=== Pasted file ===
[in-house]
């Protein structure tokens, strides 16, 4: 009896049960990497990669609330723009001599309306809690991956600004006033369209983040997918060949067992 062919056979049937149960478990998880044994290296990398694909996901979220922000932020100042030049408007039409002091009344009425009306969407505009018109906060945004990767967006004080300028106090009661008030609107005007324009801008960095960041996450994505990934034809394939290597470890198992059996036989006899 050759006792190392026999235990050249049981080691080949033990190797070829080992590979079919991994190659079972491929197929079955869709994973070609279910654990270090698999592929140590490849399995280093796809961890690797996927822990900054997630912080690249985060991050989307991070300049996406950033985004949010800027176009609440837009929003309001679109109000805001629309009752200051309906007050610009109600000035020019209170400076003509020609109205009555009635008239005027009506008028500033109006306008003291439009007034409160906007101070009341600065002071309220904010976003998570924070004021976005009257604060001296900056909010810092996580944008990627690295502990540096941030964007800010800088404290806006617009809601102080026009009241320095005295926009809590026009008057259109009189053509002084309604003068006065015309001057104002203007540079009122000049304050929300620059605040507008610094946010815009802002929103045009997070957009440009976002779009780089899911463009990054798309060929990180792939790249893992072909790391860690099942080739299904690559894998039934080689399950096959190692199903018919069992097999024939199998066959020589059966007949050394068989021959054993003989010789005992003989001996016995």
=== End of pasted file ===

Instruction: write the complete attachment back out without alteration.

[in-house]
């Protein structure tokens, strides 16, 4: 009896049960990497990669609330723009001599309306809690991956600004006033369209983040997918060949067992 062919056979049937149960478990998880044994290296990398694909996901979220922000932020100042030049408007039409002091009344009425009306969407505009018109906060945004990767967006004080300028106090009661008030609107005007324009801008960095960041996450994505990934034809394939290597470890198992059996036989006899 050759006792190392026999235990050249049981080691080949033990190797070829080992590979079919991994190659079972491929197929079955869709994973070609279910654990270090698999592929140590490849399995280093796809961890690797996927822990900054997630912080690249985060991050989307991070300049996406950033985004949010800027176009609440837009929003309001679109109000805001629309009752200051309906007050610009109600000035020019209170400076003509020609109205009555009635008239005027009506008028500033109006306008003291439009007034409160906007101070009341600065002071309220904010976003998570924070004021976005009257604060001296900056909010810092996580944008990627690295502990540096941030964007800010800088404290806006617009809601102080026009009241320095005295926009809590026009008057259109009189053509002084309604003068006065015309001057104002203007540079009122000049304050929300620059605040507008610094946010815009802002929103045009997070957009440009976002779009780089899911463009990054798309060929990180792939790249893992072909790391860690099942080739299904690559894998039934080689399950096959190692199903018919069992097999024939199998066959020589059966007949050394068989021959054993003989010789005992003989001996016995």